Staten Island

Staten Island

Brooklyn had Walt Whitman to sing its praises. Manhattan had Woody Allen to defend its neurosis. Staten Island? Well, Staten Island was where misbehaving cops were sent to as a punishment. There, in the uneventful streets of this eminently residential area southwest of Manhattan, he could ponder the error of his ways.

If you compare this to the arson-laden streets of The Bronx and the Mafia-ran streets of Manhattan, you will understand the fascinating contradiction that is Staten Island.

Gateway to America

America has very little to do with New York. In fact, when the Civil War broke out -- which was the most critical moment in the history of the U.S. -- the state seriously considered proclaiming themselves an independent Republic to monopolize trade between the North and the South. They only gave up on the idea when the South imposed extremely high duties. Only then did they reluctantly take arms.

Things have changed very little since then. But this doesn't mean New York is not part of America. And the differences between that country and this city do not generally lead to conflict. This is in part because there is a link between America and New York -- it is called Staten Island.

The Independent Republic of Staten Island

Staten Island

Staten Island is only a part of New York because geography so dictated. It doesn't meet any of the characteristics that make the rest of the boroughs belong to New York City.

Rather, Staten Island stands as its very own, very American thing -- a residential area of middle-class suburbian tranquility, where the streets that follow the foot trails of the Hackensack and Raritan Indians are tread on by the high heels girls wear to go to the supermarket.

Staten Island would fit right among those quiet, introspective American cities where sense of community is strong, where opinions are shared and where pride in smaller things is taken (if talk to a Staten Island local and ask about what's so interesting about it, you will be pointed out repeatedly that, of the five boroughs, only Staten Island has a county fair with bed races and ribbons for the worthiest zucchini).

It may even be better off not belonging to New York City. That's the general belief of its inhabitants, at least. But then again, they are major secessionists. They keep voting on whether or not to secede. Their last vote was on 1994, but state senators have never completely abandoned the idea.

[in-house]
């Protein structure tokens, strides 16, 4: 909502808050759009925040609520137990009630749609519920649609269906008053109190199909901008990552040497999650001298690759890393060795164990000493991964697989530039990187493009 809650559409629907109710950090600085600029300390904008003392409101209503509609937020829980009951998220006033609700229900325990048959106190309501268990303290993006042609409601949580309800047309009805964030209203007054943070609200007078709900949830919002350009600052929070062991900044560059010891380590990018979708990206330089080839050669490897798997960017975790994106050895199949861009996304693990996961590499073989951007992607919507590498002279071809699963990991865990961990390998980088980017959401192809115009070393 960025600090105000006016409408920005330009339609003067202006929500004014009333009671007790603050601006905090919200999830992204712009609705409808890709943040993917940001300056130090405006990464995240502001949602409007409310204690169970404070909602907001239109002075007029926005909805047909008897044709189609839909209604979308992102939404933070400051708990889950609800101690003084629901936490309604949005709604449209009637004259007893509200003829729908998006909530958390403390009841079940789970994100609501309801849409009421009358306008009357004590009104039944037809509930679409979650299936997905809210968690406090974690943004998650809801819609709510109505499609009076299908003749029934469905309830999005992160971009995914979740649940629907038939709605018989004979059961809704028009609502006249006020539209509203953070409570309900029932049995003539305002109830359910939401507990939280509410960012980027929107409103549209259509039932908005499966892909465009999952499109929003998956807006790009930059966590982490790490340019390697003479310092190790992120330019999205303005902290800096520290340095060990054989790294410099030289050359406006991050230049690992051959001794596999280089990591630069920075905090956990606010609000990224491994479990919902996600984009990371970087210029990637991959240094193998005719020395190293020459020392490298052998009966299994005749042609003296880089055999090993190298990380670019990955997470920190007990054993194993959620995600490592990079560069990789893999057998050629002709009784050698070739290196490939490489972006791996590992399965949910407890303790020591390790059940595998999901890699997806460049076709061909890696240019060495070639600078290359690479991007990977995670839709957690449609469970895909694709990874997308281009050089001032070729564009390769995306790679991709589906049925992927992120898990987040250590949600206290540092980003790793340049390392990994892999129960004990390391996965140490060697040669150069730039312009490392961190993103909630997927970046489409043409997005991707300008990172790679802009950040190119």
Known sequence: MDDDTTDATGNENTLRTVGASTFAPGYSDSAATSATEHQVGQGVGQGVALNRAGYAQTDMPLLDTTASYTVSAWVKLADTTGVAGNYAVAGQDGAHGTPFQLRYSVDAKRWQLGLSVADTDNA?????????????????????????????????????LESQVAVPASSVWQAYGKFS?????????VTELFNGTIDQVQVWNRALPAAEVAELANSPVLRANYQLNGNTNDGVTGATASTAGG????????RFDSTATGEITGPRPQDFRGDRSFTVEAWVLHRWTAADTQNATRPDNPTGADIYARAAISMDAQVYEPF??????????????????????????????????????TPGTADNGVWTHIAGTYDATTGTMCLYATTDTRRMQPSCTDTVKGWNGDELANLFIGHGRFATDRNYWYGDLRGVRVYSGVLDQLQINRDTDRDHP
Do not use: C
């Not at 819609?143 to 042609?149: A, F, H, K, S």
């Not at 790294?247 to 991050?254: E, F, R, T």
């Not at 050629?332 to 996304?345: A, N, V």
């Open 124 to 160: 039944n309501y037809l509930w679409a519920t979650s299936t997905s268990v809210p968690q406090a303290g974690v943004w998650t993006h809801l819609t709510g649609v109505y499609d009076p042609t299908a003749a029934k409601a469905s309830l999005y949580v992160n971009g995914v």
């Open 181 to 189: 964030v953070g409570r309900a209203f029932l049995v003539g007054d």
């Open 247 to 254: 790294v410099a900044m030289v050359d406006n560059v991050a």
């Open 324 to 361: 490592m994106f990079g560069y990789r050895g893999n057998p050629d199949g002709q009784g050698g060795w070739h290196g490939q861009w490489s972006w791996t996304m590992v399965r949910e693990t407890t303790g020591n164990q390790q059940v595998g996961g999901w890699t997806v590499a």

By upgrading from Staten Island would be the second biggest city in New England. And maybe it would stop receiving all the things that New York doesn't want -- yellow-fever patients in the 19th century, the nation's largest daily allotment of garbage, prisons and homeless centers.

Staten Island's Additions to New York

It would, however, be a shame. Staten Island is a wonderful addition to New York's collection of curious facts and colorful people. It just manages to take normal situations and condiment them with a touch of weird. It has seen its own wars start -- over the theft of pigs and the trade of whisky. It has seen native Americans killed on its soil -- particularly a girl that was picking peaches in the Attorney General's orchard before he blasted her dead.

It has however seen some of its locals rise to fame -- namely, the first Catholic saint born in America, a Gambino family underboss and Steven Seagal. Ulysses S. Grant was close to living there as well, but his wife opined there were too many mosquitoes.

Still, there are things to be seen and done in Staten Island. You have the fantastic view from Fort Wadsworth. Across New York Harbor, you can see Manhattan rising with its intimating blue-and-gray-colored look. If you look to the right, you can almost make out the exact point where Manhattan ends and Brooklyn begins. The same can be said about New Jersey to the left. It's a unique perspective.

But, no matter how much the most chauvinist Manhhanitine may hate hearing this, there are other things to do in Staten Island that don't have anything to do with New York City more than Staten Island itself. Sure, there are no movies made or books written or songs composed about them (although there was a film called Staten Island. The Movie about "junior gangsters, guidos, preps, rockers, homeboys and other assorted dregs of humanity in scenic Staten Island, the largest garbage dump in the world"), but Fort Wadsworth is, into itself, a fine monument to behold.

There's also the Conference House, where the British secretly met with some Founding Fathers to negotiate a peace.

Read on to find out more.